The government confirmed numerous outbreaks of avian influenza over the weekend, including in commercial and backyard poultry.
Avian influenza of the H5N1 subtype was confirmed in backyard poultry at a premises near North Fambridge, Maldon, Essex on Sunday (21 November).
Further testing is underway to confirm the pathogenicity of the strain, Defra explained in its latest update on the UK's bird flu situation.
A 3km and 10km Temporary Control Zones have been put in place around the premises.
Elsewhere, avian influenza H5N1 was recorded in commercial poultry at a farm near Mouldsworth, Cheshire on Saturday (20 November).
The pathogenicity of this outbreak is still unknown, and Temporary Control Zones have been put in place around the affected site, Defra said.
All bird flu outbreaks in recent weeks have been confirmed as highly-pathogenic, meaning the UK is no longer free from avian influenza under the World Organisation for Animal Health (OIE) rules.
Cases of the disease have been confirmed in Lancashire, Angus, North Wales, North Yorkshire, Essex and Warwickshire and Worcestershire.
Because of the frequency of outbreaks, an Avian Influenza Prevention Zone (AIPZ) was declared across the whole of Britain earlier this month.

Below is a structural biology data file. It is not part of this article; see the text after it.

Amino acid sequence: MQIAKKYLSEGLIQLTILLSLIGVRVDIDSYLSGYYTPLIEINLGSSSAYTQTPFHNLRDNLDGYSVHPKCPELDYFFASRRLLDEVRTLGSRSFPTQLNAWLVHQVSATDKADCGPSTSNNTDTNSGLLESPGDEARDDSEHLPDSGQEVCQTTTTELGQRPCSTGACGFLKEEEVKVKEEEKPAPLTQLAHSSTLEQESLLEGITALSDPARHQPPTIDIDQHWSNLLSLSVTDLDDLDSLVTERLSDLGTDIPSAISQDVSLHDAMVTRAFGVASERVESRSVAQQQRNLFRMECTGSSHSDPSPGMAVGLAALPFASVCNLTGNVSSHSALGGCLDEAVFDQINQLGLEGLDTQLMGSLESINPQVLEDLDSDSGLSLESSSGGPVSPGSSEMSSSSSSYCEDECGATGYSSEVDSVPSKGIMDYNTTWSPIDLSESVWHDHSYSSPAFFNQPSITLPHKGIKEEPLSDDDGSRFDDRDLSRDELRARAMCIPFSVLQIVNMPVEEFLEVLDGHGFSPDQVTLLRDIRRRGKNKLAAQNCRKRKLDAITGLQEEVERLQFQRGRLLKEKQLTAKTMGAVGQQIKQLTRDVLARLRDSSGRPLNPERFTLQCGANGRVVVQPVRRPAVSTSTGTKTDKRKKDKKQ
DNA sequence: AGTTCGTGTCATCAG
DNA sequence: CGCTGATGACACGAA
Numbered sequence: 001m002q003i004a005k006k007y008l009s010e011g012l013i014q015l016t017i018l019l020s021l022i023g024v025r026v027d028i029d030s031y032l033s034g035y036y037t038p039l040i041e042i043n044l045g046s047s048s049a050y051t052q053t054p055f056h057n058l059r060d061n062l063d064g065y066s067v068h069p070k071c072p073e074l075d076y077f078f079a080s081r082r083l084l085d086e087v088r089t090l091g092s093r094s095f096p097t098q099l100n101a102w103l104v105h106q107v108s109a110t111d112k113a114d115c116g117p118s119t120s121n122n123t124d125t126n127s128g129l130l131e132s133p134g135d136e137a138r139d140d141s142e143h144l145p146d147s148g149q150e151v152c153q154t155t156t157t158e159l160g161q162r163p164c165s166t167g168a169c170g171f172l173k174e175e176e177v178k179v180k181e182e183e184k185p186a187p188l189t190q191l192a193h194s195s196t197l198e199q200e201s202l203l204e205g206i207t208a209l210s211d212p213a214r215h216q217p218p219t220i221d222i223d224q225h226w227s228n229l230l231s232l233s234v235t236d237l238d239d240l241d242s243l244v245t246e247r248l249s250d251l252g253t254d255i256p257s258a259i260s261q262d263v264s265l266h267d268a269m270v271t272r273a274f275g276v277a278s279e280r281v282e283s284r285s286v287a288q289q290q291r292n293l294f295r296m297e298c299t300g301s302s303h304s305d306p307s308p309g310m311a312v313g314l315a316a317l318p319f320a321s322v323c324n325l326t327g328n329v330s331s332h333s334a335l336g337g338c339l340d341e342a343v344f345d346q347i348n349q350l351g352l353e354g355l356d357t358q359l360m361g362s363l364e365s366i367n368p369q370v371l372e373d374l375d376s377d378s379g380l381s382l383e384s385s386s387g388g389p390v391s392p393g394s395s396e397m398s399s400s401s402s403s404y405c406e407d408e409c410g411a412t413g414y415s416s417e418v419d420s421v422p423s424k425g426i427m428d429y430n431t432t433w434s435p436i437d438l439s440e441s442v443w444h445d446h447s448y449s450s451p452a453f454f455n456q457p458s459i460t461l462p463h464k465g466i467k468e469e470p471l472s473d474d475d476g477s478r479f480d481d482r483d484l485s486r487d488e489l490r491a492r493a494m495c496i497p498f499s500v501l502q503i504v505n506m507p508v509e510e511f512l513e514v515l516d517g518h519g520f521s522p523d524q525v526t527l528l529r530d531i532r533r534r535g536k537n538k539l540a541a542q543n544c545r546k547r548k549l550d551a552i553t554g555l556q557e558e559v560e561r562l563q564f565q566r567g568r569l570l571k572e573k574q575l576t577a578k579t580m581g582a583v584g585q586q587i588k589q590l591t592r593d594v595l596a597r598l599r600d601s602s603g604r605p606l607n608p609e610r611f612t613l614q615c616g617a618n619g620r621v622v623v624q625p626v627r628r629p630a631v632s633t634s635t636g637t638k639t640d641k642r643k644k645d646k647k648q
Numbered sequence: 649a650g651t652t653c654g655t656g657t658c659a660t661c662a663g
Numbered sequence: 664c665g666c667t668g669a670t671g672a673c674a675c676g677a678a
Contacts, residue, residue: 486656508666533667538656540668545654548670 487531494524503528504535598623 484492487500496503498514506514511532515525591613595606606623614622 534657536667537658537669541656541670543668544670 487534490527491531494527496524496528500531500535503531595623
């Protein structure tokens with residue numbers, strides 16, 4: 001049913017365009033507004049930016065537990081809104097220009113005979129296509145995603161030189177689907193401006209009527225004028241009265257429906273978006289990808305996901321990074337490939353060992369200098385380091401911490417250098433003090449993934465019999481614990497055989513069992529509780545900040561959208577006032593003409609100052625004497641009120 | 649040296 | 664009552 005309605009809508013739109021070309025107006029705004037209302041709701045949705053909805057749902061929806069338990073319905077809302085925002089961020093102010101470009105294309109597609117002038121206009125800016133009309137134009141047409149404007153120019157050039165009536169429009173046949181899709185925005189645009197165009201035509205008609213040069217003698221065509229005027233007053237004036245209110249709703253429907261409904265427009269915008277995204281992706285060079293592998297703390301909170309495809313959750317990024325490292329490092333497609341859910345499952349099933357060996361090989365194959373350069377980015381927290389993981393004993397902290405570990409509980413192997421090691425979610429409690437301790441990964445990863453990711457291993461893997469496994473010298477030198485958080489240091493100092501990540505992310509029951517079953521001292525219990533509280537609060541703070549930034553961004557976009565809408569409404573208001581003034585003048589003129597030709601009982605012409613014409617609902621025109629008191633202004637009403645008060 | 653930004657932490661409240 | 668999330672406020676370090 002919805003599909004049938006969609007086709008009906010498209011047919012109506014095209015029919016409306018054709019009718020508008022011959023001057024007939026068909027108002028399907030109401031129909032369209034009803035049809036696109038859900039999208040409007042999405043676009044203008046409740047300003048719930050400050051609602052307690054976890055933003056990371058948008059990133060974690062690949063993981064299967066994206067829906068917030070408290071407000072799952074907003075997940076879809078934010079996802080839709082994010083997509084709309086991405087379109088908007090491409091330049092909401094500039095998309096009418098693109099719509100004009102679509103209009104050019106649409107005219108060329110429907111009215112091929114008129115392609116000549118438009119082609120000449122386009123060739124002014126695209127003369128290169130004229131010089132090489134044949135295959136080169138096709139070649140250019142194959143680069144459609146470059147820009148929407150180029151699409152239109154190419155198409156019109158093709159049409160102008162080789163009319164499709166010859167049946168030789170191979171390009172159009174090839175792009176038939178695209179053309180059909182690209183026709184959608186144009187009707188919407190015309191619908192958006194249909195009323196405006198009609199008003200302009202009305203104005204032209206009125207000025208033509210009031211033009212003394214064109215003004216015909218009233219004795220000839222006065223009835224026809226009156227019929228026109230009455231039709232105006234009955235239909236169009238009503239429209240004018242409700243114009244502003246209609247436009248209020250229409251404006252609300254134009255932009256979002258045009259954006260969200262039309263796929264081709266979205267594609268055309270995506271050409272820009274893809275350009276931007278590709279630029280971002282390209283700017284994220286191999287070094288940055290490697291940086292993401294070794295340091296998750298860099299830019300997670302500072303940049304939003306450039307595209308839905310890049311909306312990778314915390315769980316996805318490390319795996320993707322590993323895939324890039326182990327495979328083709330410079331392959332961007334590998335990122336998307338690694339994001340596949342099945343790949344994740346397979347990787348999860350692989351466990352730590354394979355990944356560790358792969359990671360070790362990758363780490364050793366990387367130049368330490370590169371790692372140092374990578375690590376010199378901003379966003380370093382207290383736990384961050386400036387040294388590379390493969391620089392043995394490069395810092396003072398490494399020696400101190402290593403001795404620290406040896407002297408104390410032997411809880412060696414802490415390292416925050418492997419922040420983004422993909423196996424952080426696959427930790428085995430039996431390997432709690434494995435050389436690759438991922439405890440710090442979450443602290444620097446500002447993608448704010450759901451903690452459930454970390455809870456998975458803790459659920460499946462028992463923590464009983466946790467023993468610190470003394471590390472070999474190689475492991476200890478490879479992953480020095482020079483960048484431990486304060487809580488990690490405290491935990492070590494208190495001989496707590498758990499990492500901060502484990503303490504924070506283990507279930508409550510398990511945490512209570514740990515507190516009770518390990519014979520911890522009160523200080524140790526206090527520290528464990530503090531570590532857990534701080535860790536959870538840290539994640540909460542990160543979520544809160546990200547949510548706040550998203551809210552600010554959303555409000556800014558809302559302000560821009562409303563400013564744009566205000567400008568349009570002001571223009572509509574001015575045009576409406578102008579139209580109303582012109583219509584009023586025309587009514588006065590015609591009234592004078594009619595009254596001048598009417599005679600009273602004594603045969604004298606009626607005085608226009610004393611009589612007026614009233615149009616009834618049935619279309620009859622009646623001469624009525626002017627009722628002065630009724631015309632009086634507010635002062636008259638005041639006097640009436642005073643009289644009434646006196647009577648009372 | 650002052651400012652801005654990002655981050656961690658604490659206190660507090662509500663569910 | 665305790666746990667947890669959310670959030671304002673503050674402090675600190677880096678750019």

Northern Ireland then followed, with authorities announcing an AIPZ on Monday 15 November.
The AIPZ means that it is a legal requirement for all bird keepers to follow strict biosecurity measures as a way to mitigate the risk of the disease spreading.
In a joint statement the Chief Veterinary Officers for Wales, England and Scotland said: "All bird keepers must take action now to prevent the disease spreading to poultry and other domestic birds.
“Whether you keep just a few birds or thousands, you are now legally required to introduce higher biosecurity standards on your farm or small holding.
"It is in your interests to do so in order to protect your birds from this highly infectious disease," the CVOs explained.
“The UK health agencies have confirmed that the risk to public health is very low and UK food standards agencies advise that bird flu poses a very low food safety risk for UK consumers.”